Majdi, Nabil; Boiché, Anatole; Traunspurger, Walter; Lecerf, Antoine

    2014-07-01

    Predator effects on ecosystems can extend far beyond their prey and are often not solely lethally transmitted. Change in prey traits in response to predation risk can have important repercussions on community assembly and key ecosystem processes (i.e. trait-mediated indirect effects). In addition, some predators themselves alter habitat structure or nutrient cycling through ecological engineering effects. Tracking these non-trophic pathways is thus an important, yet challenging task to gain a better grasp of the functional role of predators. Multiple lines of evidence suggest that, in detritus-based food webs, non-trophic interactions may prevail over purely trophic interactions in determining predator effects on plant litter decomposition. This hypothesis was tested in a headwater stream by modulating the density of a flatworm predator (Polycelis felina) in enclosures containing oak (Quercus robur) leaf litter exposed to natural colonization by small invertebrates and microbial decomposers. Causal path modelling was used to infer how predator effects propagated through the food web. Flatworms accelerated litter decomposition through positive effects on microbial decomposers. The biomass of prey and non-prey invertebrates was not negatively affected by flatworms, suggesting that net predator effect on litter decomposition was primarily determined by non-trophic interactions. Flatworms enhanced the deposition and retention of fine sediments on leaf surface, thereby improving leaf colonization by invertebrates - most of which having strong affinities with interstitial habitats. This predator-induced improvement of habitat availability was attributed to the sticky nature of the mucus that flatworms secrete in copious amount while foraging. Results of path analyses further indicated that this bottom-up ecological engineering effect was as powerful as the top-down effect on invertebrate prey. Our findings suggest that predators have the potential to affect substantially

  20. A Genome-Wide Survey of Imprinted Genes in Rice Seeds Reveals Imprinting Primarily Occurs in the Endosperm

    PubMed Central

    Luo, Ming; Taylor, Jennifer M.; Spriggs, Andrew; Zhang, Hongyu; Wu, Xianjun; Russell, Scott; Singh, Mohan; Koltunow, Anna

    2011-01-01

    Genomic imprinting causes the expression of an allele depending on its parental origin. In plants, most imprinted genes have been identified in Arabidopsis endosperm, a transient structure consumed by the embryo during seed formation. We identified imprinted genes in rice seed where both the endosperm and embryo are present at seed maturity. RNA was extracted from embryos and endosperm of seeds obtained from reciprocal crosses between two subspecies Nipponbare (Japonica rice) and 93-11 (Indica rice). Sequenced reads from cDNA libraries were aligned to their respective parental genomes using single-nucleotide polymorphisms (SNPs). Reads across SNPs enabled derivation of parental expression bias ratios. A continuum of parental expression bias states was observed. Statistical analyses indicated 262 candidate imprinted loci in the endosperm and three in the embryo (168 genic and 97 non-genic). Fifty-six of the 67 loci investigated were confirmed to be imprinted in the seed. Imprinted loci are not clustered in the rice genome as found in mammals. All of these imprinted loci were expressed in the endosperm, and one of these was also imprinted in the embryo, confirming that in both rice and Arabidopsis imprinted expression is primarily confined to the endosperm. Some rice imprinted genes were also expressed in vegetative tissues, indicating that they have additional roles in plant growth. Comparison of candidate imprinted genes found in rice with imprinted candidate loci obtained from genome-wide surveys of imprinted genes in Arabidopsis to date shows a low degree of conservation, suggesting that imprinting has evolved independently in eudicots and monocots. PMID:21731498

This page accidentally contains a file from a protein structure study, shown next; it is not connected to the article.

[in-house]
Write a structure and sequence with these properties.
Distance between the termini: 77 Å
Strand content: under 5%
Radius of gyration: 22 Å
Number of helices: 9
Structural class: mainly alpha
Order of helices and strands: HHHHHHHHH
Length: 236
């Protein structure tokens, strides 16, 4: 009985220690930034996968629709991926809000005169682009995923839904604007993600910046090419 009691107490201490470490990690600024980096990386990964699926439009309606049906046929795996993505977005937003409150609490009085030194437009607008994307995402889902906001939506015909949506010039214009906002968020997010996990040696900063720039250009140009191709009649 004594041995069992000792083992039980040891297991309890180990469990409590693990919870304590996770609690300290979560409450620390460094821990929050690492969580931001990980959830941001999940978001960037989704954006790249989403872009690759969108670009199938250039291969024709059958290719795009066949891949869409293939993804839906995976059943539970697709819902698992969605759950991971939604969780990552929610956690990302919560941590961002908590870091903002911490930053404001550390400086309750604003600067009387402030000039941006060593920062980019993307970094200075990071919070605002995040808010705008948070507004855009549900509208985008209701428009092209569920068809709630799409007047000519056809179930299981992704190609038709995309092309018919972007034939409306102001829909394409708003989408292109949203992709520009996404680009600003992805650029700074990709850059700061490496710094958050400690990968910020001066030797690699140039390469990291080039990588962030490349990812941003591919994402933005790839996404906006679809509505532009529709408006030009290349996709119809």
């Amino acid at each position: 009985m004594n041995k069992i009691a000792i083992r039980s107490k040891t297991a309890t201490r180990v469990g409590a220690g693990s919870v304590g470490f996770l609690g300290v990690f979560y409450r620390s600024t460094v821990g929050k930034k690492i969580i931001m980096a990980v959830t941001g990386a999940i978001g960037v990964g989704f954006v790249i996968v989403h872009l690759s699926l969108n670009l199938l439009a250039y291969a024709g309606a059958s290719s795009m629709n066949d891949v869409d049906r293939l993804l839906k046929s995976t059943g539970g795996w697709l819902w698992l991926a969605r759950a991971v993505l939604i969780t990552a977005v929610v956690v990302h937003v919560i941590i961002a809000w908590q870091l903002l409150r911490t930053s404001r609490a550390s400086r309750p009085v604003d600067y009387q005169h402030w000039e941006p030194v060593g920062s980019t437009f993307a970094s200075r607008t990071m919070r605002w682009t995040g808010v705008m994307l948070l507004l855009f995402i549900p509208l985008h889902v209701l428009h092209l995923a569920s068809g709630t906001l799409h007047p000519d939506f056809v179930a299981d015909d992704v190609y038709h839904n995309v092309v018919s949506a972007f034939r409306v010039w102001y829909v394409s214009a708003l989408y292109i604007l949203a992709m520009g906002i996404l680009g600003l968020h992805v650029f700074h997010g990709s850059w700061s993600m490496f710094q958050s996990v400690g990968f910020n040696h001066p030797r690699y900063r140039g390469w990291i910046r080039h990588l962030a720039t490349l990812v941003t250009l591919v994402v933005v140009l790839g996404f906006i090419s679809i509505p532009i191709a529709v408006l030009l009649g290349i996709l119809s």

1. Maize Centromere Structure and Evolution: Sequence Analysis of Centromeres 2 and 5 Reveals Dynamic Loci Shaped Primarily by Retrotransposons